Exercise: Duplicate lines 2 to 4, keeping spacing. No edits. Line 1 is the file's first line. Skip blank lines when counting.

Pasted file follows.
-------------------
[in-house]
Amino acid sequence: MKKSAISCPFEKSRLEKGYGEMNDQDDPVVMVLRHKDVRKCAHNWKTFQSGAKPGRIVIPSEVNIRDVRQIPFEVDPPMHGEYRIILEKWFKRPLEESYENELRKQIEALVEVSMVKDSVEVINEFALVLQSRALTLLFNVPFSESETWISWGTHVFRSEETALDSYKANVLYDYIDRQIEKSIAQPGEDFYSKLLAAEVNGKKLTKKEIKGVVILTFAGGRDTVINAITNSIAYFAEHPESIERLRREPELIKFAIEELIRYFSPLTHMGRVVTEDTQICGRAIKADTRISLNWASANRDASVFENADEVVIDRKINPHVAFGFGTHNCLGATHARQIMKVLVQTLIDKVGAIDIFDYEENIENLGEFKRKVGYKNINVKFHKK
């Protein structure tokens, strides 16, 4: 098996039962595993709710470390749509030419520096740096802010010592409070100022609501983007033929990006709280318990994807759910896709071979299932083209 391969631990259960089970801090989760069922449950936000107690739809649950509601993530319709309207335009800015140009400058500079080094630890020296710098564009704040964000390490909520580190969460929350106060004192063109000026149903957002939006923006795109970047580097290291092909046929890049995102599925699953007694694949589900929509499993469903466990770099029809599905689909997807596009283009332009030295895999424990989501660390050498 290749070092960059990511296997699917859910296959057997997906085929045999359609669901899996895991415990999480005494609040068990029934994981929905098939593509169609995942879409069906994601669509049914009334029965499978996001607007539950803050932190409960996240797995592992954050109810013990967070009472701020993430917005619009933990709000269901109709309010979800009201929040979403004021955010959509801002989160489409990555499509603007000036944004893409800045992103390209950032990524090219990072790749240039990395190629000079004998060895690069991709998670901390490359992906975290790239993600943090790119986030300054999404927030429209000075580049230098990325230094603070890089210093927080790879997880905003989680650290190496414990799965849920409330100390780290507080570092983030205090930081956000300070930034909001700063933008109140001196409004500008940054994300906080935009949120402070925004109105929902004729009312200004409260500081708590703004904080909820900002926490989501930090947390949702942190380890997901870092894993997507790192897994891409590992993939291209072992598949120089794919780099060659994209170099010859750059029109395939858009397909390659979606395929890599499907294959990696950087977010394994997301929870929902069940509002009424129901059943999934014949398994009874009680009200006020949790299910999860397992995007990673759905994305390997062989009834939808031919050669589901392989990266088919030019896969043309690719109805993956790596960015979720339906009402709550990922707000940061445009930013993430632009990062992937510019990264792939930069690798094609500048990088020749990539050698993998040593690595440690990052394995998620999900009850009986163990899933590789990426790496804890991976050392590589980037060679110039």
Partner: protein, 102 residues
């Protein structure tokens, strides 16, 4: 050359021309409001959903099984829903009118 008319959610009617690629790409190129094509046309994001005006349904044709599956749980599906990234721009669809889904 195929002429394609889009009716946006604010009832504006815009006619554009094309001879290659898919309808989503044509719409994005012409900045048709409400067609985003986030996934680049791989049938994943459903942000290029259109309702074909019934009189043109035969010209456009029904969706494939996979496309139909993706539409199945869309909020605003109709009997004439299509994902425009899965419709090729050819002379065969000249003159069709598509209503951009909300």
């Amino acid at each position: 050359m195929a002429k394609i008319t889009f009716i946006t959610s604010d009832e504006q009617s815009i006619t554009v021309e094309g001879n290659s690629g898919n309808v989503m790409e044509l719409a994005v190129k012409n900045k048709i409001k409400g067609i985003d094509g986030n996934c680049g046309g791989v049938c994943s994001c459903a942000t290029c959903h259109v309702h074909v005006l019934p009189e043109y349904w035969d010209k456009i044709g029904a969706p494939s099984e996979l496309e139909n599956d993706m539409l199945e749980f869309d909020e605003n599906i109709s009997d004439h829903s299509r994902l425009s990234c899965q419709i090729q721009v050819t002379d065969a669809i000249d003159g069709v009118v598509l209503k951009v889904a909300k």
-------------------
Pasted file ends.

Amino acid sequence: MKKSAISCPFEKSRLEKGYGEMNDQDDPVVMVLRHKDVRKCAHNWKTFQSGAKPGRIVIPSEVNIRDVRQIPFEVDPPMHGEYRIILEKWFKRPLEESYENELRKQIEALVEVSMVKDSVEVINEFALVLQSRALTLLFNVPFSESETWISWGTHVFRSEETALDSYKANVLYDYIDRQIEKSIAQPGEDFYSKLLAAEVNGKKLTKKEIKGVVILTFAGGRDTVINAITNSIAYFAEHPESIERLRREPELIKFAIEELIRYFSPLTHMGRVVTEDTQICGRAIKADTRISLNWASANRDASVFENADEVVIDRKINPHVAFGFGTHNCLGATHARQIMKVLVQTLIDKVGAIDIFDYEENIENLGEFKRKVGYKNINVKFHKK
């Protein structure tokens, strides 16, 4: 098996039962595993709710470390749509030419520096740096802010010592409070100022609501983007033929990006709280318990994807759910896709071979299932083209 391969631990259960089970801090989760069922449950936000107690739809649950509601993530319709309207335009800015140009400058500079080094630890020296710098564009704040964000390490909520580190969460929350106060004192063109000026149903957002939006923006795109970047580097290291092909046929890049995102599925699953007694694949589900929509499993469903466990770099029809599905689909997807596009283009332009030295895999424990989501660390050498 290749070092960059990511296997699917859910296959057997997906085929045999359609669901899996895991415990999480005494609040068990029934994981929905098939593509169609995942879409069906994601669509049914009334029965499978996001607007539950803050932190409960996240797995592992954050109810013990967070009472701020993430917005619009933990709000269901109709309010979800009201929040979403004021955010959509801002989160489409990555499509603007000036944004893409800045992103390209950032990524090219990072790749240039990395190629000079004998060895690069991709998670901390490359992906975290790239993600943090790119986030300054999404927030429209000075580049230098990325230094603070890089210093927080790879997880905003989680650290190496414990799965849920409330100390780290507080570092983030205090930081956000300070930034909001700063933008109140001196409004500008940054994300906080935009949120402070925004109105929902004729009312200004409260500081708590703004904080909820900002926490989501930090947390949702942190380890997901870092894993997507790192897994891409590992993939291209072992598949120089794919780099060659994209170099010859750059029109395939858009397909390659979606395929890599499907294959990696950087977010394994997301929870929902069940509002009424129901059943999934014949398994009874009680009200006020949790299910999860397992995007990673759905994305390997062989009834939808031919050669589901392989990266088919030019896969043309690719109805993956790596960015979720339906009402709550990922707000940061445009930013993430632009990062992937510019990264792939930069690798094609500048990088020749990539050698993998040593690595440690990052394995998620999900009850009986163990899933590789990426790496804890991976050392590589980037060679110039």
Partner: protein, 102 residues